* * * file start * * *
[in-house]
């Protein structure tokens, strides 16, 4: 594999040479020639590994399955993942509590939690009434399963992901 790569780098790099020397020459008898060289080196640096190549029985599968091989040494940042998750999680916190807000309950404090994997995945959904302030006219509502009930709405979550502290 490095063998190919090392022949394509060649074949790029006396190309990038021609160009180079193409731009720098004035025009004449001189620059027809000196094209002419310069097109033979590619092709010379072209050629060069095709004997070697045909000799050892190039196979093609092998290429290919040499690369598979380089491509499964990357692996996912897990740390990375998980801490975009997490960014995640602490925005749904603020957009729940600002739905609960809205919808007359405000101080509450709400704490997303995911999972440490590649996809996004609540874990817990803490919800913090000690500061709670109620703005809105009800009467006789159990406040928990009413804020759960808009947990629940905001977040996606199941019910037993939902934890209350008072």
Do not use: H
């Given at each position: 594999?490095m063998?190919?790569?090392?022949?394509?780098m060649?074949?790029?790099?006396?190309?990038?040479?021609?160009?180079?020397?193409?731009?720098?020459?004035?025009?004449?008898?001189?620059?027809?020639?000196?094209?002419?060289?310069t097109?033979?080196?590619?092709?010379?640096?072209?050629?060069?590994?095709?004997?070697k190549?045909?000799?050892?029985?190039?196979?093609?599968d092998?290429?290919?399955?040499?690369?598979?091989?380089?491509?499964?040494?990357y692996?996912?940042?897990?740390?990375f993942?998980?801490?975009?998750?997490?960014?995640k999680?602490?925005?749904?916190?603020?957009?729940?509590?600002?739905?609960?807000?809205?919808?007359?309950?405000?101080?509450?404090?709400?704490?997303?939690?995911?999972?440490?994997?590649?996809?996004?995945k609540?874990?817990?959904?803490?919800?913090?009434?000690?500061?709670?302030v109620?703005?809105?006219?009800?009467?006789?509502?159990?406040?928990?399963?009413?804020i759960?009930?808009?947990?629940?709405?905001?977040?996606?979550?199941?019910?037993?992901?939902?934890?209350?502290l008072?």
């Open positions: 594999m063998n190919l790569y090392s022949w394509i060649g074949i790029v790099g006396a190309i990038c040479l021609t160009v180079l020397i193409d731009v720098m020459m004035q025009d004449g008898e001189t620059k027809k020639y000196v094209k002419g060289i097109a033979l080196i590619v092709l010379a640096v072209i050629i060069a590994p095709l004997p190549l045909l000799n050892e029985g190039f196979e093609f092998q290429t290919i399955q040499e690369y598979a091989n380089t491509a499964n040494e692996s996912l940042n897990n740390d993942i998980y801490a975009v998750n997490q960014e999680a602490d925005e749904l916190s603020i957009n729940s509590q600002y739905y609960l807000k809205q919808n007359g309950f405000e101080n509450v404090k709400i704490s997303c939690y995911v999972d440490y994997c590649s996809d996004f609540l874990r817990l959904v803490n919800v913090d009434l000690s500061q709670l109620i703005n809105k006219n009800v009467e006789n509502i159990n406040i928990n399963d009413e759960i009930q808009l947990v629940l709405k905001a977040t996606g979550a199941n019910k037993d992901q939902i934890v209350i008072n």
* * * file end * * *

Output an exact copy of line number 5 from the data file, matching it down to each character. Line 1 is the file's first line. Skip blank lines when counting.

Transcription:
């Open positions: 594999m063998n190919l790569y090392s022949w394509i060649g074949i790029v790099g006396a190309i990038c040479l021609t160009v180079l020397i193409d731009v720098m020459m004035q025009d004449g008898e001189t620059k027809k020639y000196v094209k002419g060289i097109a033979l080196i590619v092709l010379a640096v072209i050629i060069a590994p095709l004997p190549l045909l000799n050892e029985g190039f196979e093609f092998q290429t290919i399955q040499e690369y598979a091989n380089t491509a499964n040494e692996s996912l940042n897990n740390d993942i998980y801490a975009v998750n997490q960014e999680a602490d925005e749904l916190s603020i957009n729940s509590q600002y739905y609960l807000k809205q919808n007359g309950f405000e101080n509450v404090k709400i704490s997303c939690y995911v999972d440490y994997c590649s996809d996004f609540l874990r817990l959904v803490n919800v913090d009434l000690s500061q709670l109620i703005n809105k006219n009800v009467e006789n509502i159990n406040i928990n399963d009413e759960i009930q808009l947990v629940l709405k905001a977040t996606g979550a199941n019910k037993d992901q939902i934890v209350i008072n």